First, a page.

Nicholas Chevalier is a rather glamorous figure in nineteenth-century New Zealand painting. Born in St Petersburg of a Swiss father and a Russian mother, he had travelled widely in Europe and studied at the Academy of Munich and at the Royal Academy, London, before arriving in Dunedin on his first visit from Melbourne with his wife Caroline in 1865. On commission from the Otago and Canterbury Provincial Councils, he made a large number of pencil sketches and watercolours of the South Island. After four months he returned to his Australian base, but revisited New Zealand in November 1868 as part of the Duke of Edinburgh’s entourage on HMS Galatea. During this trip he travelled about the lower North Island and up the west coast as far as Wanganui. The two watercolours Near Paekakariki, Cook Strait and Kapiti that are directly associated with the large oil painting Cook Strait, New Zealand were likely to have been executed on this journey.
It was typical practice of nineteenth-century landscape artists to use the sketches and watercolours made on site as the basis for an oil painting or large watercolour in the studio. Cook Strait, New Zealand was prepared and painted in this way. A comparison of the images reveals Chevalier’s differing aims in the respective media. While the watercolours are the more factual and topographical records of a first impression, the oil painting has been significantly altered. The three Maori waka in Near Paekakariki, Cook Strait are reproduced in the oil painting, though they have been transferred from Paekakariki beach to one further up the coast in order to align them geographically with the view of Kapiti Island.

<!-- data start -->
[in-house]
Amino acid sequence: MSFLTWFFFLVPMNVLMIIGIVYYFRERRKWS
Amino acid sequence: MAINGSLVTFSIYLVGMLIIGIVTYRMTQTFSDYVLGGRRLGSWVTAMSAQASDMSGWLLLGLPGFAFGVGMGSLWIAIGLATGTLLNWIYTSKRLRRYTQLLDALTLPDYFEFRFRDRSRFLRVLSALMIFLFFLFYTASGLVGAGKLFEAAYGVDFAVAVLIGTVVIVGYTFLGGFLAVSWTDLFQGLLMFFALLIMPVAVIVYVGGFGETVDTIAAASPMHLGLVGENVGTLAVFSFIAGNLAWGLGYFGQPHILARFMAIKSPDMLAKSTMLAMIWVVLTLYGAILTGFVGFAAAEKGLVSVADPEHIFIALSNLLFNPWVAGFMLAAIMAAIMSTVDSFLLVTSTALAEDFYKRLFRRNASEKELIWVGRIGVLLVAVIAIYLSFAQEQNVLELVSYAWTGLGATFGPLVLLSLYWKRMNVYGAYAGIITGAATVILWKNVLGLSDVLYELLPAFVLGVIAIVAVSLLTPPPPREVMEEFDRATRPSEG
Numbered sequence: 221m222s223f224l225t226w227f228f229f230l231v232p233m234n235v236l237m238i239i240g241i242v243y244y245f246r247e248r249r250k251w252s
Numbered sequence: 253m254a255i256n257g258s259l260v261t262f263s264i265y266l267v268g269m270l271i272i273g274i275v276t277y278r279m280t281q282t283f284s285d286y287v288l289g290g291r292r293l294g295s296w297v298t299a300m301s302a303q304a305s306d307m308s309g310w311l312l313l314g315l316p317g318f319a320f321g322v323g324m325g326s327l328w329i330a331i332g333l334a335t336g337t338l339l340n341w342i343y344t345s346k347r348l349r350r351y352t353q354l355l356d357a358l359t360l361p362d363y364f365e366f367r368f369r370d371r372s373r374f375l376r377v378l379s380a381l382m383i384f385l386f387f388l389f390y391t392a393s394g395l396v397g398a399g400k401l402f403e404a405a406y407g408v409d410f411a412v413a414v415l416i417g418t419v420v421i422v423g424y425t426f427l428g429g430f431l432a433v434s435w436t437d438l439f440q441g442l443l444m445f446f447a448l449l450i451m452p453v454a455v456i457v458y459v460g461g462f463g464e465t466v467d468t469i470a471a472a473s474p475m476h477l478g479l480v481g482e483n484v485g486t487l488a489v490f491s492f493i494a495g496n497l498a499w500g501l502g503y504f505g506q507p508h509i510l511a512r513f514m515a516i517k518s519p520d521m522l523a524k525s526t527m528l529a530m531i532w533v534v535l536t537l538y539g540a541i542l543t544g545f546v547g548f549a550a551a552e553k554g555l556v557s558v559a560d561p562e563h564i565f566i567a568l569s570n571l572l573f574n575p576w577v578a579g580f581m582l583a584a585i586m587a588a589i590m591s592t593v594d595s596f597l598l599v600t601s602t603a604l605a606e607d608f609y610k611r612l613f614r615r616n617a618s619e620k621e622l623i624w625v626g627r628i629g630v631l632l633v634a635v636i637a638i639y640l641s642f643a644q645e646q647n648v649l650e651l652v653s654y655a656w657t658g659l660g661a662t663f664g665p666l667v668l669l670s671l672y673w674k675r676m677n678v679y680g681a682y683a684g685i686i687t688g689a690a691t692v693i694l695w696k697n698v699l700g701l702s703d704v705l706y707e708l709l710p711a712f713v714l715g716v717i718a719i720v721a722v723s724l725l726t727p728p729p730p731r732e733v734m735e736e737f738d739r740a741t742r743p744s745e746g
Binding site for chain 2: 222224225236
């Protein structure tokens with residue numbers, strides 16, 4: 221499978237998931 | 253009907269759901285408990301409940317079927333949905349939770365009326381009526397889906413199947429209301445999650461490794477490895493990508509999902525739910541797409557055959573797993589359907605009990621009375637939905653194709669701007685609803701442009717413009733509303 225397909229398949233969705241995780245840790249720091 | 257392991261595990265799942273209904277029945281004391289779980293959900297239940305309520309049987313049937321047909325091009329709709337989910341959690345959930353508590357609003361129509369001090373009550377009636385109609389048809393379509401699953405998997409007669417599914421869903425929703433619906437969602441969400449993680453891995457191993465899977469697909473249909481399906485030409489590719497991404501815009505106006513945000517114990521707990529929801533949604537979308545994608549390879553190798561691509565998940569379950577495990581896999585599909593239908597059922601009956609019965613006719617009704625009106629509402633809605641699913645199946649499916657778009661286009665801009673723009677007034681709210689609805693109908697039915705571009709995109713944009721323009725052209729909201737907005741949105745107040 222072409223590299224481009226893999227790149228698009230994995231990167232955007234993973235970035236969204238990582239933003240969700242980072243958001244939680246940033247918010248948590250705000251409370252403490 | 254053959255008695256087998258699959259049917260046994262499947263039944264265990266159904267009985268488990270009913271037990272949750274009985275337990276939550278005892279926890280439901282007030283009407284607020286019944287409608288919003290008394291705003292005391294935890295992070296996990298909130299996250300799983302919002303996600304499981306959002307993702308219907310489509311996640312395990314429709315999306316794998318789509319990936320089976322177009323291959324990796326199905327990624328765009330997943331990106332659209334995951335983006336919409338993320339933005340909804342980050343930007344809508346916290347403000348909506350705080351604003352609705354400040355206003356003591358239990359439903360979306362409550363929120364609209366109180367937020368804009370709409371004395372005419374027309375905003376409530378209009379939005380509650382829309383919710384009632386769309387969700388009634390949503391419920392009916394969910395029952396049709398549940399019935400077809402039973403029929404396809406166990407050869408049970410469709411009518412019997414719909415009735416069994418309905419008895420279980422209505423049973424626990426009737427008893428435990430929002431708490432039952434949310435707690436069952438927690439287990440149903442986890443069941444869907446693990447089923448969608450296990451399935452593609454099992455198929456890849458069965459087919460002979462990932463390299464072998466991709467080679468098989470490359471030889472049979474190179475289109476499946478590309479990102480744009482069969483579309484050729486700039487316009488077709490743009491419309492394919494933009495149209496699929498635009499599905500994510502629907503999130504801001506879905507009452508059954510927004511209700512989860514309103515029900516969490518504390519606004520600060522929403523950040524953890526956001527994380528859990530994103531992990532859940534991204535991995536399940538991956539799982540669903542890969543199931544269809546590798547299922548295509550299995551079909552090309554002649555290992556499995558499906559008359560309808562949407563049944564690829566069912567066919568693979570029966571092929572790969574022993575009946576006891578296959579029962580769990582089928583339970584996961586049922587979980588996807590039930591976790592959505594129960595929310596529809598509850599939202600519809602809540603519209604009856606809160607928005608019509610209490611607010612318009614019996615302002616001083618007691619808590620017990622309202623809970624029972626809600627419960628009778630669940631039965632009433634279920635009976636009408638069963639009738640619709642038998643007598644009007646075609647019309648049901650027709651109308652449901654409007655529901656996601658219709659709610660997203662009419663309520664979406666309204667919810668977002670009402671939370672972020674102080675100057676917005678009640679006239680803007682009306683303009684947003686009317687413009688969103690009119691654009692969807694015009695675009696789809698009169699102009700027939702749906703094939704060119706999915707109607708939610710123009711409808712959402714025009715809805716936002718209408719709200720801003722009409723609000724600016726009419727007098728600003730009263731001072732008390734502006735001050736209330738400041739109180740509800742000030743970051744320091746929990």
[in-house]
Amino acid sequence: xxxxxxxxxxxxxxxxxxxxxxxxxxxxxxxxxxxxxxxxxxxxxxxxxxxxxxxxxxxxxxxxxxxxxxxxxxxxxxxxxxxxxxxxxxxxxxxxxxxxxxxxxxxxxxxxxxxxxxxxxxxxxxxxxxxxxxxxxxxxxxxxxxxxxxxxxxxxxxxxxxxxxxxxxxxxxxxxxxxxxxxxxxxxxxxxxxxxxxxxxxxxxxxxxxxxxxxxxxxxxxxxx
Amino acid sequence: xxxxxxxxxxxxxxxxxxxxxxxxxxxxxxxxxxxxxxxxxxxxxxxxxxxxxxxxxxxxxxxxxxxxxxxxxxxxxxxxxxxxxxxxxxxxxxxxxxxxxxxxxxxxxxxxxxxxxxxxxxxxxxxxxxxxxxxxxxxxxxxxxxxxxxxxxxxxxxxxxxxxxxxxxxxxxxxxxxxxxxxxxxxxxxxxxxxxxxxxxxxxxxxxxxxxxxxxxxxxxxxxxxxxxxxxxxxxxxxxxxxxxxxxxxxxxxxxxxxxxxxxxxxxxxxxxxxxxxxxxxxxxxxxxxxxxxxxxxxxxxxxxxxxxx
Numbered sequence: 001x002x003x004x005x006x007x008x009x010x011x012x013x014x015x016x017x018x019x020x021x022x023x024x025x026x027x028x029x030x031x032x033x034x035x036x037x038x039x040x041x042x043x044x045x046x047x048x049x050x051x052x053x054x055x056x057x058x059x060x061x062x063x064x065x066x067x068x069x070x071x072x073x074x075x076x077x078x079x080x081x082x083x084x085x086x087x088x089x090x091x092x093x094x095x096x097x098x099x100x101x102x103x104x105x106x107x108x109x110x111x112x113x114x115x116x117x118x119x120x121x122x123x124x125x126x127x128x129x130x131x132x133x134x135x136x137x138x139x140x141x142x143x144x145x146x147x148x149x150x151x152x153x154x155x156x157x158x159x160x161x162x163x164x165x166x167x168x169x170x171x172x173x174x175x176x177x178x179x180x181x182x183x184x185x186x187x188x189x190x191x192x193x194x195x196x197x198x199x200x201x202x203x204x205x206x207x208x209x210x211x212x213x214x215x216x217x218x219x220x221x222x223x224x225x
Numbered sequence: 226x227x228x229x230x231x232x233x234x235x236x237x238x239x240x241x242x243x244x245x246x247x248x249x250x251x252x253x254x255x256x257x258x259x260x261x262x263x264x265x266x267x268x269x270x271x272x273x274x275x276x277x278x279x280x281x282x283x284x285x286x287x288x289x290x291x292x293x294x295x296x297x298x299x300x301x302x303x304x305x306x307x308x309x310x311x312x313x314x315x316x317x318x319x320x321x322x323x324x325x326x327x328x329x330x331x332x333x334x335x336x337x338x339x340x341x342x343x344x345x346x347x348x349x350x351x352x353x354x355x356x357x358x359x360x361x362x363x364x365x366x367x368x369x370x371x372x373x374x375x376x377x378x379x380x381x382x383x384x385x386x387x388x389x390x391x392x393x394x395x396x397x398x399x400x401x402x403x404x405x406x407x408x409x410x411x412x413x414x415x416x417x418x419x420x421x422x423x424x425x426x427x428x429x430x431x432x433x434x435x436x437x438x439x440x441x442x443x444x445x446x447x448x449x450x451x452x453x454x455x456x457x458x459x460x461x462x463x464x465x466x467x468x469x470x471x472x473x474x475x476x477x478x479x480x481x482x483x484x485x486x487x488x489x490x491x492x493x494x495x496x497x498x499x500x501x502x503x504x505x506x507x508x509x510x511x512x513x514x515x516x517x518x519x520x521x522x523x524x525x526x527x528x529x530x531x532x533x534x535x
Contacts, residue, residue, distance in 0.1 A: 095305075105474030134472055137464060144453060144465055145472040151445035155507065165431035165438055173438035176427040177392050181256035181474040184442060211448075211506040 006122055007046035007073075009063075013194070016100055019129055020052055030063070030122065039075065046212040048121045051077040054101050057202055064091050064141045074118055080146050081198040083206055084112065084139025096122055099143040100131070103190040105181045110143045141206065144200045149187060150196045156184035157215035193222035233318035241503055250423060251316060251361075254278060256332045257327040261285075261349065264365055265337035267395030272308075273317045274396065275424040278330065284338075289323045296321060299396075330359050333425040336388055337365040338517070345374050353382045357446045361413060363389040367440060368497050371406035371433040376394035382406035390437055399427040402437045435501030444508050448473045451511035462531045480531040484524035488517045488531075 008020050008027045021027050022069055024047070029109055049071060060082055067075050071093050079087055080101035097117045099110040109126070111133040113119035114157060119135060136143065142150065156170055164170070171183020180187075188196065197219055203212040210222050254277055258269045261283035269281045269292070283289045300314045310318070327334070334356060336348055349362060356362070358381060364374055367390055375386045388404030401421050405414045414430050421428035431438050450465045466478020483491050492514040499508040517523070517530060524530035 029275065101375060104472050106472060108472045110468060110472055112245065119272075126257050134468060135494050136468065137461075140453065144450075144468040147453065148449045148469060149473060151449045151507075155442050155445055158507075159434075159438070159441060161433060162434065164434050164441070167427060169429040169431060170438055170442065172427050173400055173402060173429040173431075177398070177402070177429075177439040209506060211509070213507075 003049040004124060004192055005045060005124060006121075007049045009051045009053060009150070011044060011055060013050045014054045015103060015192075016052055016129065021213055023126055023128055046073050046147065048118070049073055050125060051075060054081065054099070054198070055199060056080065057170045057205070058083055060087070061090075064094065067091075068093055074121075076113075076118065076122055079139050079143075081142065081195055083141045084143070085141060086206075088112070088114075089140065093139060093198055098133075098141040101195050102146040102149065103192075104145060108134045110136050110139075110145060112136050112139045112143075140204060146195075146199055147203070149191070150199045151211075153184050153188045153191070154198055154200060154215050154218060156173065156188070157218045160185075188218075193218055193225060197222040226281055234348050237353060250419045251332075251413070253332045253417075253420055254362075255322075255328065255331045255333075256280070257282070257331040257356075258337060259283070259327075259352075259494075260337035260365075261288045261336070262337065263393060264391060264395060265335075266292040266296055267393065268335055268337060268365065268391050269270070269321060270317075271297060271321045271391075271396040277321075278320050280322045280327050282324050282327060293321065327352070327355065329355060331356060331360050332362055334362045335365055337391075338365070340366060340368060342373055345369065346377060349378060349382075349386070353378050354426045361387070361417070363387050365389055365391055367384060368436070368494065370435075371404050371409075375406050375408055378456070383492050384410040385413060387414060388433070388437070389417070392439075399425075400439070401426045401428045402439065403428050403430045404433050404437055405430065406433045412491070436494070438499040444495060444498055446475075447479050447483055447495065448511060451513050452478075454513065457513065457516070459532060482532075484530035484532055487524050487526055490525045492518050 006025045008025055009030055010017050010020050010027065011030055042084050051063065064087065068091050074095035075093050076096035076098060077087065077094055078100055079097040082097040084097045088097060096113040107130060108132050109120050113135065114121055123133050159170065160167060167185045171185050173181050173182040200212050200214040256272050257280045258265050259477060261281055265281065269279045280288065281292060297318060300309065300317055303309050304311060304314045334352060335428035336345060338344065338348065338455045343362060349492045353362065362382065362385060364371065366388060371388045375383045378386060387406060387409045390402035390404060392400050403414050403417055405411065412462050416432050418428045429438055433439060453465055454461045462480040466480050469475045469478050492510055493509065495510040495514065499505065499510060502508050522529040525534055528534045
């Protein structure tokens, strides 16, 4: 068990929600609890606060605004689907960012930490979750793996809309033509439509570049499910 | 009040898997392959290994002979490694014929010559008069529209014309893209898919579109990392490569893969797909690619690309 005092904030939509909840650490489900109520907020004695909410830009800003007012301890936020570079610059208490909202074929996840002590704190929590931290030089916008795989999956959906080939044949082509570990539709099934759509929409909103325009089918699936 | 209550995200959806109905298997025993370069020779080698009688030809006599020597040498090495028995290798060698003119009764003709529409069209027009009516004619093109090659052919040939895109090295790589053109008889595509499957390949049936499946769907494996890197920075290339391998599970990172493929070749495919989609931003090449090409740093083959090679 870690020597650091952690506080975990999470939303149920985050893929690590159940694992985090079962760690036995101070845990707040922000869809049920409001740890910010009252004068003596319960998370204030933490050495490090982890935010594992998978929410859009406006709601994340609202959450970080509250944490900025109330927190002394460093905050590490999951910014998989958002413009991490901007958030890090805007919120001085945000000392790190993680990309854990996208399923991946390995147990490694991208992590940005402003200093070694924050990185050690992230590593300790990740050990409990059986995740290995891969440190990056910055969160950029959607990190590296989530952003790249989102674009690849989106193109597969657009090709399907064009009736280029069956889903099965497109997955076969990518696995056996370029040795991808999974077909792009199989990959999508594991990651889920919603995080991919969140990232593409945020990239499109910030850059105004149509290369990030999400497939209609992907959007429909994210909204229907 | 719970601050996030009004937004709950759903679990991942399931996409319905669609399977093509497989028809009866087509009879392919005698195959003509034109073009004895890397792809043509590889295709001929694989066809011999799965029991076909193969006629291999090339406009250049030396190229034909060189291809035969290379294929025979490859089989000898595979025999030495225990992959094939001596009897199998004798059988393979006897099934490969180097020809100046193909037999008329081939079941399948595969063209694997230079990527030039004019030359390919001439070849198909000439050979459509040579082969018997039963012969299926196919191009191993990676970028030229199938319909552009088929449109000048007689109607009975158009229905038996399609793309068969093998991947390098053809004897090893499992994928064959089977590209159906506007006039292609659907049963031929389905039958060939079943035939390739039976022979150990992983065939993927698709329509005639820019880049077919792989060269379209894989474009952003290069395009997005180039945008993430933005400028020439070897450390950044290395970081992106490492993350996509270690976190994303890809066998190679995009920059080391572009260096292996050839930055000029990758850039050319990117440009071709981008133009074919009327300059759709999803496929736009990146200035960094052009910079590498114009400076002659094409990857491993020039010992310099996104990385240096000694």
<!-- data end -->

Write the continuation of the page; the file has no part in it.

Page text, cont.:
Similarly, the pattern of waves in Kapiti has been repeated in the oil painting. In Near Paekakariki, Cook Strait the figures engaged in a typical food-gathering activity add a picturesque element to the scene, while the figure with the horse in Kapiti serves to emphasise the breadth and depth of the seascape. In each of the watercolours the size of the figures in relation to their surroundings suggests the grandeur of nature and hence an element of the sublime. In the oil painting Chevalier has allowed the size of the canvas and the lowering clouds to convey this aspect of the romantic landscape tradition, and has left only the waka to suggest a human element.
In his pencil drawings and watercolour sketches, Chevalier showed that he could focus on factual aspects and depict topographical details of a particular landscape or settlement. He noted down relevant details such as dates and times, names of locations and types of flora. Though used as visual notes towards the oil painting, however, both Near Paekakariki, Cook Strait and Kapiti are finished works in their own right. Together with the finely executed and exquisitely coloured watercolours Chevalier painted of the Duke of Edinburgh’s visits to Japan, China and India on his return voyage to England, they were most likely included in an 1872 exhibition. As the well-known journalist and art commentator James Dafforne noted, ‘[T]he results of these extensive travels formed the large and singularly interesting collection of sketches and drawings Chevalier exhibited at the Crystal Palace, Sydenham in manners and customs of the "far East."’(1) Chevalier exhibited Cook Strait, New Zealand at the Royal Academy in 1884, the year in which he probably completed it. Catering to the English viewer’s taste for the romantic and the exotic, it epitomises a type of ‘exhibition picture’ popular at the Royal Academy.
Adapted from an essay originally published in Art at Te Papa (Te Papa Press, 2009).
1. James Dafforne, ‘The works of Nicolas Chevalier’, The Art Journal, July 1879, p. 123.